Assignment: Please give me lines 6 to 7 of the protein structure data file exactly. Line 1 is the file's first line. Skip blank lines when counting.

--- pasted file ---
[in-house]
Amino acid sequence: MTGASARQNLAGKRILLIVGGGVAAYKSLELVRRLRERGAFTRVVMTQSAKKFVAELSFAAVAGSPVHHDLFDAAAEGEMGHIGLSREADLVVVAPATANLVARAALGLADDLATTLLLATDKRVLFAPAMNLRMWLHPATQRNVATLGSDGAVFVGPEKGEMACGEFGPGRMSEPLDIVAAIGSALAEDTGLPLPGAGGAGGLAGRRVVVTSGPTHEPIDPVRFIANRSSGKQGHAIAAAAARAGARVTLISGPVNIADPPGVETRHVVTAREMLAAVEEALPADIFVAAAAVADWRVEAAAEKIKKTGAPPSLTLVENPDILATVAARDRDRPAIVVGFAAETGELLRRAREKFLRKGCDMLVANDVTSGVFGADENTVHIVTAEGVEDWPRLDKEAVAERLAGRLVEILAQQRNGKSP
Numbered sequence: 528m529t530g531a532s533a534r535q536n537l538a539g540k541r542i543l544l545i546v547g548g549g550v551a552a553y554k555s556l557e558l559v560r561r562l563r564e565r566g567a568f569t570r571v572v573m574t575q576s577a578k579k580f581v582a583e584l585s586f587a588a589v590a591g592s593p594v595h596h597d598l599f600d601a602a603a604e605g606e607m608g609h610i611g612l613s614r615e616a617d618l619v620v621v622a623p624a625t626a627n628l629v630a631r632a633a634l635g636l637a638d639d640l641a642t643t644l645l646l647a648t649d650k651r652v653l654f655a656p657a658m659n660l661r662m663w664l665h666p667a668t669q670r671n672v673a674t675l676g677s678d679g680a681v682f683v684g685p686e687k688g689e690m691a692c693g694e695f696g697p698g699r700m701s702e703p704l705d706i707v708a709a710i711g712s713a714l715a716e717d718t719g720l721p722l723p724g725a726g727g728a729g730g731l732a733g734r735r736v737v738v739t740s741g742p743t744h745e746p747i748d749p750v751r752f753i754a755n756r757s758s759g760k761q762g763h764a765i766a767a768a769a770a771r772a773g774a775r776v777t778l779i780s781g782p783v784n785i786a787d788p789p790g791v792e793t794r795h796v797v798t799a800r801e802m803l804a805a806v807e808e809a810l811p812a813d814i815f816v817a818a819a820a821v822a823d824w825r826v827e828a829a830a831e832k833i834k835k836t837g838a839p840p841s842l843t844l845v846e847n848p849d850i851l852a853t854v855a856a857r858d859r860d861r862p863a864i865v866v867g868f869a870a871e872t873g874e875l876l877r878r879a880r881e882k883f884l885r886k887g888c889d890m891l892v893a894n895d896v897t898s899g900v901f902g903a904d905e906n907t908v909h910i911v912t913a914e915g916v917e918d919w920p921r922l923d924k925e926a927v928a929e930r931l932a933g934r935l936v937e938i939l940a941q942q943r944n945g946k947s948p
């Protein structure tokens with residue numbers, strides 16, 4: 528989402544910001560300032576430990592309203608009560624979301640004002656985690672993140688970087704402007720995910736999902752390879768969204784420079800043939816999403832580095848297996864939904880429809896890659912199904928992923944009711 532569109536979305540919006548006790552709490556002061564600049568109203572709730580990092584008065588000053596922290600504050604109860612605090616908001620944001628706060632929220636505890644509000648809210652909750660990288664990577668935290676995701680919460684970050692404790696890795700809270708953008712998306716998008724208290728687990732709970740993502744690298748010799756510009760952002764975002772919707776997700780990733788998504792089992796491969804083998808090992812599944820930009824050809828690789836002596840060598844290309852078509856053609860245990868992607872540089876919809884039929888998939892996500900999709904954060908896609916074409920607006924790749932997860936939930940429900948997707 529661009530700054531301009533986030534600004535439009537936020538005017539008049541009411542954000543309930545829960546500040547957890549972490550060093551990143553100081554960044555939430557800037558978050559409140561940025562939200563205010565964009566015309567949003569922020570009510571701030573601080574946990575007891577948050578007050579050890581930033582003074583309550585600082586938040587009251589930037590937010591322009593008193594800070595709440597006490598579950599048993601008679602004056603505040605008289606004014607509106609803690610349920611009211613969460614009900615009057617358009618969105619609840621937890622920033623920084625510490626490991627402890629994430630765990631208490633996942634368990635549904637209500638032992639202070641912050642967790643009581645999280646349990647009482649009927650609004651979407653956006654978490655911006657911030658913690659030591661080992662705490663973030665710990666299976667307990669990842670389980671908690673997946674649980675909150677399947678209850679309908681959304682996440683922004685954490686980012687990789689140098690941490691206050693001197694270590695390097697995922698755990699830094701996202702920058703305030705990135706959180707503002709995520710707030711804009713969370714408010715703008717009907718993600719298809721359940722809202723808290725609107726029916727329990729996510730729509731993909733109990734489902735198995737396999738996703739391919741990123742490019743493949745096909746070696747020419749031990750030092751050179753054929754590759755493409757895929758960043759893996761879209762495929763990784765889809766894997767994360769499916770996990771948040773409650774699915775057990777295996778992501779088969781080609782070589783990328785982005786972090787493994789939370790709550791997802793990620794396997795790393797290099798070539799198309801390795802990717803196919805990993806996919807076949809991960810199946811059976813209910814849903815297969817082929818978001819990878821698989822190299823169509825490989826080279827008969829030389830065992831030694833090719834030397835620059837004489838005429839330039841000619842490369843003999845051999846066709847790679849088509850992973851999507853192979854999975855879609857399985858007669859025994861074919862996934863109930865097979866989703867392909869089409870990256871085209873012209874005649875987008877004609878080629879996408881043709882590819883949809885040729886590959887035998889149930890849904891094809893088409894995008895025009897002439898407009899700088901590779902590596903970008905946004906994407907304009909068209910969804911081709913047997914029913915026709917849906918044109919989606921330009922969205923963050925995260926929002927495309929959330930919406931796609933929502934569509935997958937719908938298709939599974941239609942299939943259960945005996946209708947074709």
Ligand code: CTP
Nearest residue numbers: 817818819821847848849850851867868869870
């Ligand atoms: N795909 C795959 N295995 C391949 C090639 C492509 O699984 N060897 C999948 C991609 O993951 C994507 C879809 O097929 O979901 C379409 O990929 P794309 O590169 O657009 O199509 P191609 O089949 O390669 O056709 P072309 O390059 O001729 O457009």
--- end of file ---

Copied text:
Nearest residue numbers: 817818819821847848849850851867868869870
């Ligand atoms: N795909 C795959 N295995 C391949 C090639 C492509 O699984 N060897 C999948 C991609 O993951 C994507 C879809 O097929 O979901 C379409 O990929 P794309 O590169 O657009 O199509 P191609 O089949 O390669 O056709 P072309 O390059 O001729 O457009």